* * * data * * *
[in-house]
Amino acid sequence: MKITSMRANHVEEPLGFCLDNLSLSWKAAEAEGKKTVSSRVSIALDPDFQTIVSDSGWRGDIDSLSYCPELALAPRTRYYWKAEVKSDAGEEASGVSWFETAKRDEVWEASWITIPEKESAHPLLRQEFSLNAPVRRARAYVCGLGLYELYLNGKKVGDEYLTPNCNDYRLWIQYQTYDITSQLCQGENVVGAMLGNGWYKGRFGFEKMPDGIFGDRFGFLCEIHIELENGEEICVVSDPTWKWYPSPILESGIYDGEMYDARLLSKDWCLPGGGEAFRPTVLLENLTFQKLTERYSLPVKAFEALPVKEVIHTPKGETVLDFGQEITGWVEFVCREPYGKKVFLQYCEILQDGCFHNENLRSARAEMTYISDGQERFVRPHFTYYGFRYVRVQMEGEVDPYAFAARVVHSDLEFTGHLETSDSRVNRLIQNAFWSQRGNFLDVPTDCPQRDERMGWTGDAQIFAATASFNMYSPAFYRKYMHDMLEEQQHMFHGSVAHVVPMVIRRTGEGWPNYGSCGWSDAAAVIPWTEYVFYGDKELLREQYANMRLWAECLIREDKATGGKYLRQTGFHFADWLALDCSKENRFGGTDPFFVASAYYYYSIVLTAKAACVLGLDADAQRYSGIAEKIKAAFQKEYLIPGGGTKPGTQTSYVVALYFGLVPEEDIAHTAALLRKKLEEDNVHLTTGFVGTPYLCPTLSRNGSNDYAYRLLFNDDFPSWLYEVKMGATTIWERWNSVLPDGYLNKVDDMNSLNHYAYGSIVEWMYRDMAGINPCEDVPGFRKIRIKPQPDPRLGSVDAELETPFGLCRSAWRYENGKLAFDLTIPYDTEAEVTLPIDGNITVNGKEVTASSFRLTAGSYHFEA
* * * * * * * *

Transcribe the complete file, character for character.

[in-house]
Amino acid sequence: MKITSMRANHVEEPLGFCLDNLSLSWKAAEAEGKKTVSSRVSIALDPDFQTIVSDSGWRGDIDSLSYCPELALAPRTRYYWKAEVKSDAGEEASGVSWFETAKRDEVWEASWITIPEKESAHPLLRQEFSLNAPVRRARAYVCGLGLYELYLNGKKVGDEYLTPNCNDYRLWIQYQTYDITSQLCQGENVVGAMLGNGWYKGRFGFEKMPDGIFGDRFGFLCEIHIELENGEEICVVSDPTWKWYPSPILESGIYDGEMYDARLLSKDWCLPGGGEAFRPTVLLENLTFQKLTERYSLPVKAFEALPVKEVIHTPKGETVLDFGQEITGWVEFVCREPYGKKVFLQYCEILQDGCFHNENLRSARAEMTYISDGQERFVRPHFTYYGFRYVRVQMEGEVDPYAFAARVVHSDLEFTGHLETSDSRVNRLIQNAFWSQRGNFLDVPTDCPQRDERMGWTGDAQIFAATASFNMYSPAFYRKYMHDMLEEQQHMFHGSVAHVVPMVIRRTGEGWPNYGSCGWSDAAAVIPWTEYVFYGDKELLREQYANMRLWAECLIREDKATGGKYLRQTGFHFADWLALDCSKENRFGGTDPFFVASAYYYYSIVLTAKAACVLGLDADAQRYSGIAEKIKAAFQKEYLIPGGGTKPGTQTSYVVALYFGLVPEEDIAHTAALLRKKLEEDNVHLTTGFVGTPYLCPTLSRNGSNDYAYRLLFNDDFPSWLYEVKMGATTIWERWNSVLPDGYLNKVDDMNSLNHYAYGSIVEWMYRDMAGINPCEDVPGFRKIRIKPQPDPRLGSVDAELETPFGLCRSAWRYENGKLAFDLTIPYDTEAEVTLPIDGNITVNGKEVTASSFRLTAGSYHFEA